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Old 05-02-2015, 09:38 PM
 
Location: IN
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We need a greater amount of mid-density suburban development in the US, similar to western Europe as well as England. Walkable and leafy developments could easily reach 6-10K people per square mile without too much compromise and would allow for better conservation of adjacent crop and agrarian areas. In Europe, governments often subsidize the farmers for keeping land in current use, therefore pressures to sell for short-term monetary gains tend to be less. Some might say this approach is more "static" but growth can occur in well planned mid density scenarios without a great amount of negative compromise within reason.
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Old 05-02-2015, 09:51 PM
 
2,824 posts, read 3,347,681 times
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Quote:
Originally Posted by the city View Post
Yup it is. Riots are based on the social and economics of an area, not on the fact if it's a city or suburb. Lower socio economic communities will have the police to people race war.

The only way sprawl can end is if water and resources end out. I don't see that happening because we will come up with ways around it. A suburb can become a city over the years as well just a city can downgrade to a suburb or ex-urb of another city over years.

Ferguson is a city.
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Old 05-03-2015, 07:06 PM
Status: "Summer!" (set 15 days ago)
 
Location: Foot of the Rockies
86,987 posts, read 102,540,351 times
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^^Not all suburbs were like that, even in the 60s.
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Old 05-03-2015, 07:28 PM
 
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Quote:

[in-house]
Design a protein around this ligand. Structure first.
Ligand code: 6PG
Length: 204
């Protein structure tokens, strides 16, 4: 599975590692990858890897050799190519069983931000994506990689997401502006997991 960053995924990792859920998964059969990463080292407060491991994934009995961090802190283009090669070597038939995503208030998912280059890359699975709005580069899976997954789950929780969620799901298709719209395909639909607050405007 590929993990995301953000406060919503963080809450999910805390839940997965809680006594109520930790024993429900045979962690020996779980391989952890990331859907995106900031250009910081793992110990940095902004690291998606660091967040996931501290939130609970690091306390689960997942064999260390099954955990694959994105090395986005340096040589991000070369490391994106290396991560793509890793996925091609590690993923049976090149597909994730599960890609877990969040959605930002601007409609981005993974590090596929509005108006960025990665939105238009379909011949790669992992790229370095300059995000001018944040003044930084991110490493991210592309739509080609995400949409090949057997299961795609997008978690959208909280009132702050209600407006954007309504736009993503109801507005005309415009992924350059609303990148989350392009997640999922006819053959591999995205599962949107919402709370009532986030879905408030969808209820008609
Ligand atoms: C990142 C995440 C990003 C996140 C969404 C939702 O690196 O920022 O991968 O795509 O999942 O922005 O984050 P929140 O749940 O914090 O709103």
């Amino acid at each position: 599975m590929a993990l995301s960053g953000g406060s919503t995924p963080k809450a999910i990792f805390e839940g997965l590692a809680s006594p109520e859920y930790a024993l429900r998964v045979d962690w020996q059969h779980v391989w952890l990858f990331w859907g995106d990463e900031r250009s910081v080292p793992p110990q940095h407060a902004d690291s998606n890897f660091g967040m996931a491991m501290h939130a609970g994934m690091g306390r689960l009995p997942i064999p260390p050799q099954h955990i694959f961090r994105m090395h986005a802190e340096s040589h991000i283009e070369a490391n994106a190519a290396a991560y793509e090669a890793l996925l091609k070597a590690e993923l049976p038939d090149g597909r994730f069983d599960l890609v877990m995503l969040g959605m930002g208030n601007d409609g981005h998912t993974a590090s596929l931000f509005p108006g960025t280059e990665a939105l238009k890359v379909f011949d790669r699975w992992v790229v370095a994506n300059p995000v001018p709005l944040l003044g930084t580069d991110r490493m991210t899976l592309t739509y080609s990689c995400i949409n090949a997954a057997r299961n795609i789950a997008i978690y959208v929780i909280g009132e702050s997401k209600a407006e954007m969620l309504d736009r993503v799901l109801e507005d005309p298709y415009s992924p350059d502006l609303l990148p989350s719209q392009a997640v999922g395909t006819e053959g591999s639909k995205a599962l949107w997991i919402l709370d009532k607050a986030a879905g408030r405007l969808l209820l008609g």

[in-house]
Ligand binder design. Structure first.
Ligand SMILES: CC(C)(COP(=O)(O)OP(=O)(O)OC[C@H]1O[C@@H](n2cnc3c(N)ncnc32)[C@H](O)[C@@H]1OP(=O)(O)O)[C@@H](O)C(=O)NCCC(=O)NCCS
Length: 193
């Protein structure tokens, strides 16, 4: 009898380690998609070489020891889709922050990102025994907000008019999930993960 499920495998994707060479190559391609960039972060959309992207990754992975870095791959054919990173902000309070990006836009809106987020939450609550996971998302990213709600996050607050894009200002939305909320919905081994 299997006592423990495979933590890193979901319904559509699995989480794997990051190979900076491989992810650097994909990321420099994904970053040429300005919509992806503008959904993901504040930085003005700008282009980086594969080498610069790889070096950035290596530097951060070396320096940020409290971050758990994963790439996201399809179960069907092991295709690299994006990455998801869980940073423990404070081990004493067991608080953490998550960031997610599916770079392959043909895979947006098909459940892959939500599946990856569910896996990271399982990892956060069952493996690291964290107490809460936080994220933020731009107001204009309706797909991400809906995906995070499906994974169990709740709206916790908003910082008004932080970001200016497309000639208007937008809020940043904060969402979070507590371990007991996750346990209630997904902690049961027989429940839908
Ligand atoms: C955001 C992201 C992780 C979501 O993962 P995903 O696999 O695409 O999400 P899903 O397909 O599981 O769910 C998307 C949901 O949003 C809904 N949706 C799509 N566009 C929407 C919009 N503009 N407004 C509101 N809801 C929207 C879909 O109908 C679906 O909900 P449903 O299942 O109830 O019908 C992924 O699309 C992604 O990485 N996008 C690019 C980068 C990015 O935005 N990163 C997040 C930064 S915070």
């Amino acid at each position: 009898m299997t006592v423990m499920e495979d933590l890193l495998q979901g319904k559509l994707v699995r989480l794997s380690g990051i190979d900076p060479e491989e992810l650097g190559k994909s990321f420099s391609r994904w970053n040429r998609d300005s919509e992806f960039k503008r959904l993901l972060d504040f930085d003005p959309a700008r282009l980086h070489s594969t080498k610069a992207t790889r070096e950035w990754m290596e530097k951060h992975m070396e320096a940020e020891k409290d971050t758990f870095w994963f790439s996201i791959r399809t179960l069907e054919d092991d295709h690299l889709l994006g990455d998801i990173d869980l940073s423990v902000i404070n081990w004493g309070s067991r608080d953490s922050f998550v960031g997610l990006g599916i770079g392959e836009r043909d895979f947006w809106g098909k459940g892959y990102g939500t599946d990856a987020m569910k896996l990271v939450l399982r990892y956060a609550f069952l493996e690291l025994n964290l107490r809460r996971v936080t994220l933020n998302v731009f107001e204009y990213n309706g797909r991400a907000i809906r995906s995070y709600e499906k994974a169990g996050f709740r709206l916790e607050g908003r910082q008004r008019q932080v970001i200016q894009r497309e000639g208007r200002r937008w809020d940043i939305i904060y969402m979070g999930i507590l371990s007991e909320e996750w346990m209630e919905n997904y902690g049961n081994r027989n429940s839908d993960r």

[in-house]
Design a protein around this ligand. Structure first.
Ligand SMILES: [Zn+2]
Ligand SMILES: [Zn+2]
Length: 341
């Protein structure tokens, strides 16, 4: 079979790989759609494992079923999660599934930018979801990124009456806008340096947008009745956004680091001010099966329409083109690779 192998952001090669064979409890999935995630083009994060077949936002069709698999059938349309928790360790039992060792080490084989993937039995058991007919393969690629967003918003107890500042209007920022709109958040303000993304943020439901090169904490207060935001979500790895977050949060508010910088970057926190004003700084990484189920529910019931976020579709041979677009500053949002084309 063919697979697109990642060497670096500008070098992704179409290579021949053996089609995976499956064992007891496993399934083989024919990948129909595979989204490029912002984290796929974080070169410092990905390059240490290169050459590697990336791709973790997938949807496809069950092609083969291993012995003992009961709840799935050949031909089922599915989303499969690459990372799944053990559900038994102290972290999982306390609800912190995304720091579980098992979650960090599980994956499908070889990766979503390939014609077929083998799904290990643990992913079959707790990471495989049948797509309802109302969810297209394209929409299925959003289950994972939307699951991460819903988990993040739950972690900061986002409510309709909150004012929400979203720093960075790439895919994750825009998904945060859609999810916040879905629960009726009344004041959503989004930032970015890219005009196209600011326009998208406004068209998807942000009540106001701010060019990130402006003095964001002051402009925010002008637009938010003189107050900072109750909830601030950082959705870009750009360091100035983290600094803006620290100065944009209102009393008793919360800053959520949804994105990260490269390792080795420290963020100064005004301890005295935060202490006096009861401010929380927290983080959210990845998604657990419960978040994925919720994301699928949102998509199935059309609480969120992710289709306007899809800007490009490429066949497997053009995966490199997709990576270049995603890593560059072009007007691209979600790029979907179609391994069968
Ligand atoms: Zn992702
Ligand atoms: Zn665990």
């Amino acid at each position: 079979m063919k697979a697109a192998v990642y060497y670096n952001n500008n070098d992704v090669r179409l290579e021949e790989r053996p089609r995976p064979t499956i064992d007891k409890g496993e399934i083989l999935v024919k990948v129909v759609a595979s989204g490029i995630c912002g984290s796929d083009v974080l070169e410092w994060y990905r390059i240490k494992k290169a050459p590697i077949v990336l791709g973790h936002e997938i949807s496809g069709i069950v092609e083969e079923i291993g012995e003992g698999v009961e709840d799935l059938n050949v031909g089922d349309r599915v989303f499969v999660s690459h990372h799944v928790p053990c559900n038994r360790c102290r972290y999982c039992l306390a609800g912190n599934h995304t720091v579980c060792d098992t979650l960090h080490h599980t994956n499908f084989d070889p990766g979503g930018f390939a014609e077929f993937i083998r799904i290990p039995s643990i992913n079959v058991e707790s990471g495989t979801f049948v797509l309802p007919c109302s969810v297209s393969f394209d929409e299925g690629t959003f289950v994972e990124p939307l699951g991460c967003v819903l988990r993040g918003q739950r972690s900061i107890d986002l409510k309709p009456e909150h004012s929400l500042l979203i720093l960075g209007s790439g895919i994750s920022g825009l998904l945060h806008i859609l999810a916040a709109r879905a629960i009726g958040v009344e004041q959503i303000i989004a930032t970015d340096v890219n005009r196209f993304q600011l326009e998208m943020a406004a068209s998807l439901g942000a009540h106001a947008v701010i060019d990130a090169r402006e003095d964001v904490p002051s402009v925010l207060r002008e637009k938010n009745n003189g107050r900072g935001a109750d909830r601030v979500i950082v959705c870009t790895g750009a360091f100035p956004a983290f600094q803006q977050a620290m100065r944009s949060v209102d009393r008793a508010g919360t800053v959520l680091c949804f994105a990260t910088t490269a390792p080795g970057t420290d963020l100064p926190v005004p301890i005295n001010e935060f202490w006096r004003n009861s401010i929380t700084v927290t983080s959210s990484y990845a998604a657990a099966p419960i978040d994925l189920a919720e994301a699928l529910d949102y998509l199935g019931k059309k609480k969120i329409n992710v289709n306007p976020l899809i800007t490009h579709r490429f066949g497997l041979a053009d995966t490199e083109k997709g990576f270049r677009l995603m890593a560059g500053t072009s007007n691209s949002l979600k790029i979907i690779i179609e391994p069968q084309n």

Originally Posted by Katarina Witt View Post
^^Not all suburbs were like that, even in the 60s.
True, you did have some that had downtowns over shopping malls and you had the streetcar suburbs. A majority weren't like that though. More progressive areas might have had those ones.
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Old 05-03-2015, 07:32 PM
Status: "Summer!" (set 15 days ago)
 
Location: Foot of the Rockies
86,987 posts, read 102,540,351 times
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Quote:
Originally Posted by the city View Post
True, you did have some that had downtowns over shopping malls and you had the streetcar suburbs. A majority weren't like that though. More progressive areas might have had those ones.
It had nothing to do with "progressivity". Pittsburgh, not know for its progressiveness in the 60s, had (has) a lot of such burbs; ditto Denver, which was considered a "cow town" in the 60s.
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Old 05-03-2015, 07:55 PM
 
Location: Vallejo
14,060 posts, read 16,066,811 times
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Suburban shopping malls really weren't around prior to WW2 when streetcar suburbs were being built.
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Old 05-04-2015, 02:01 PM
nei nei won $500 in our forum's Most Engaging Poster Contest - Thirteenth Edition (Jan-Feb 2015). 

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Location: Long Island / NYC
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Being legally organized as a city means different things depending on the state, it's just a name. Some states, the legal powers between cities and other types of municipalities is small, others large. Massachusetts has among the smallest: the difference between city and town is mostly just a name rather than anything substantial.